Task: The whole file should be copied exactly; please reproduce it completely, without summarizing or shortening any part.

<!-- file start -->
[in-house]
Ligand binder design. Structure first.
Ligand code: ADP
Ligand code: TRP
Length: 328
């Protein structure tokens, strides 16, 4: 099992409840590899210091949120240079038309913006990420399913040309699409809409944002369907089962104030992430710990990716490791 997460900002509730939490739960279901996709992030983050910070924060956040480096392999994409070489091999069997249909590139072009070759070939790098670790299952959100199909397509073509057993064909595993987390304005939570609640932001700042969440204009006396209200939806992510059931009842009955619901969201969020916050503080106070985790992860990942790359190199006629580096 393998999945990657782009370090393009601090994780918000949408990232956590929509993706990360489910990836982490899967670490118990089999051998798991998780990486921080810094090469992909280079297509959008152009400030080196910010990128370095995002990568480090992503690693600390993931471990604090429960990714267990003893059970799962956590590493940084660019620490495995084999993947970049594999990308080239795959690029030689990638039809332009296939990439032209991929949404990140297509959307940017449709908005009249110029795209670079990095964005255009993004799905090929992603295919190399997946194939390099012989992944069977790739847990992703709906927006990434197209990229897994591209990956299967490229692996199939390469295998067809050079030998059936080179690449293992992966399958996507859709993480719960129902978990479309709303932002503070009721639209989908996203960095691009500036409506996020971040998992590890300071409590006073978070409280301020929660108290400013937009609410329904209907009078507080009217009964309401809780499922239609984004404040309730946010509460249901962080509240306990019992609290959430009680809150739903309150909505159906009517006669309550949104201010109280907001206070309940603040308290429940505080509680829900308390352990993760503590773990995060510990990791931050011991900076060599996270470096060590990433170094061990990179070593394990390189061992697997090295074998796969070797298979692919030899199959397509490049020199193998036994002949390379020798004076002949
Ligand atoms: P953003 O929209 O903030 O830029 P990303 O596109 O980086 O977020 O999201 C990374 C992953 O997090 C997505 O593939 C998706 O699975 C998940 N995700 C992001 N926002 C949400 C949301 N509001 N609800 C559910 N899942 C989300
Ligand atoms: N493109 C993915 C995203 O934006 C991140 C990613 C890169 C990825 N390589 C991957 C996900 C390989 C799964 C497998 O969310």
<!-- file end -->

[in-house]
Ligand binder design. Structure first.
Ligand code: ADP
Ligand code: TRP
Length: 328
């Protein structure tokens, strides 16, 4: 099992409840590899210091949120240079038309913006990420399913040309699409809409944002369907089962104030992430710990990716490791 997460900002509730939490739960279901996709992030983050910070924060956040480096392999994409070489091999069997249909590139072009070759070939790098670790299952959100199909397509073509057993064909595993987390304005939570609640932001700042969440204009006396209200939806992510059931009842009955619901969201969020916050503080106070985790992860990942790359190199006629580096 393998999945990657782009370090393009601090994780918000949408990232956590929509993706990360489910990836982490899967670490118990089999051998798991998780990486921080810094090469992909280079297509959008152009400030080196910010990128370095995002990568480090992503690693600390993931471990604090429960990714267990003893059970799962956590590493940084660019620490495995084999993947970049594999990308080239795959690029030689990638039809332009296939990439032209991929949404990140297509959307940017449709908005009249110029795209670079990095964005255009993004799905090929992603295919190399997946194939390099012989992944069977790739847990992703709906927006990434197209990229897994591209990956299967490229692996199939390469295998067809050079030998059936080179690449293992992966399958996507859709993480719960129902978990479309709303932002503070009721639209989908996203960095691009500036409506996020971040998992590890300071409590006073978070409280301020929660108290400013937009609410329904209907009078507080009217009964309401809780499922239609984004404040309730946010509460249901962080509240306990019992609290959430009680809150739903309150909505159906009517006669309550949104201010109280907001206070309940603040308290429940505080509680829900308390352990993760503590773990995060510990990791931050011991900076060599996270470096060590990433170094061990990179070593394990390189061992697997090295074998796969070797298979692919030899199959397509490049020199193998036994002949390379020798004076002949
Ligand atoms: P953003 O929209 O903030 O830029 P990303 O596109 O980086 O977020 O999201 C990374 C992953 O997090 C997505 O593939 C998706 O699975 C998940 N995700 C992001 N926002 C949400 C949301 N509001 N609800 C559910 N899942 C989300
Ligand atoms: N493109 C993915 C995203 O934006 C991140 C990613 C890169 C990825 N390589 C991957 C996900 C390989 C799964 C497998 O969310």